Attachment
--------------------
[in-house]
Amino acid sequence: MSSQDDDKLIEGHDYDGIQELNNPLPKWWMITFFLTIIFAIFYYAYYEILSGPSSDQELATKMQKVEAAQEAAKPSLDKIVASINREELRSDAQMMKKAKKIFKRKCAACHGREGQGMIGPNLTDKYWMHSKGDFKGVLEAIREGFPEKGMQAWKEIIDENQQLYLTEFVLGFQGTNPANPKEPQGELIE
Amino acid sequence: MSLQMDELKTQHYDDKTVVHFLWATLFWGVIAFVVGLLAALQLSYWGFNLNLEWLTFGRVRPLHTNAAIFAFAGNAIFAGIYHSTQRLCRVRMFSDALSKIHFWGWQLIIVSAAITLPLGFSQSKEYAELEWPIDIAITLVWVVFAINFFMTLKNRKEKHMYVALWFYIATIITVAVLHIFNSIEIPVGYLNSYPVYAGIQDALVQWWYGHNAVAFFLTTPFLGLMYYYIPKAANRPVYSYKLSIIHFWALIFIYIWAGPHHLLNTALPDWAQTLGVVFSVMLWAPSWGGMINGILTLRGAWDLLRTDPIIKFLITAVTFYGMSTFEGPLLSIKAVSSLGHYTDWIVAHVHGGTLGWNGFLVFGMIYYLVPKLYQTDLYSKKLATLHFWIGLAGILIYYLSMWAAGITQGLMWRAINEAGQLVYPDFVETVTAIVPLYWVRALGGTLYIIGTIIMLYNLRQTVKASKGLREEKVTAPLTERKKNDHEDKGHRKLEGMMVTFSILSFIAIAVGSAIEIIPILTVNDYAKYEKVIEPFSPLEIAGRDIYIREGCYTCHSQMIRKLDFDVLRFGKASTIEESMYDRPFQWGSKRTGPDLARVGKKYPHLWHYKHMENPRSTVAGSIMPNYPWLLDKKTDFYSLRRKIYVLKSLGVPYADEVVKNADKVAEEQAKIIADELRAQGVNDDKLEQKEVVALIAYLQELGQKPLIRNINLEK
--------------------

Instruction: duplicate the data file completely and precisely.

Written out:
[in-house]
Amino acid sequence: MSSQDDDKLIEGHDYDGIQELNNPLPKWWMITFFLTIIFAIFYYAYYEILSGPSSDQELATKMQKVEAAQEAAKPSLDKIVASINREELRSDAQMMKKAKKIFKRKCAACHGREGQGMIGPNLTDKYWMHSKGDFKGVLEAIREGFPEKGMQAWKEIIDENQQLYLTEFVLGFQGTNPANPKEPQGELIE
Amino acid sequence: MSLQMDELKTQHYDDKTVVHFLWATLFWGVIAFVVGLLAALQLSYWGFNLNLEWLTFGRVRPLHTNAAIFAFAGNAIFAGIYHSTQRLCRVRMFSDALSKIHFWGWQLIIVSAAITLPLGFSQSKEYAELEWPIDIAITLVWVVFAINFFMTLKNRKEKHMYVALWFYIATIITVAVLHIFNSIEIPVGYLNSYPVYAGIQDALVQWWYGHNAVAFFLTTPFLGLMYYYIPKAANRPVYSYKLSIIHFWALIFIYIWAGPHHLLNTALPDWAQTLGVVFSVMLWAPSWGGMINGILTLRGAWDLLRTDPIIKFLITAVTFYGMSTFEGPLLSIKAVSSLGHYTDWIVAHVHGGTLGWNGFLVFGMIYYLVPKLYQTDLYSKKLATLHFWIGLAGILIYYLSMWAAGITQGLMWRAINEAGQLVYPDFVETVTAIVPLYWVRALGGTLYIIGTIIMLYNLRQTVKASKGLREEKVTAPLTERKKNDHEDKGHRKLEGMMVTFSILSFIAIAVGSAIEIIPILTVNDYAKYEKVIEPFSPLEIAGRDIYIREGCYTCHSQMIRKLDFDVLRFGKASTIEESMYDRPFQWGSKRTGPDLARVGKKYPHLWHYKHMENPRSTVAGSIMPNYPWLLDKKTDFYSLRRKIYVLKSLGVPYADEVVKNADKVAEEQAKIIADELRAQGVNDDKLEQKEVVALIAYLQELGQKPLIRNINLEK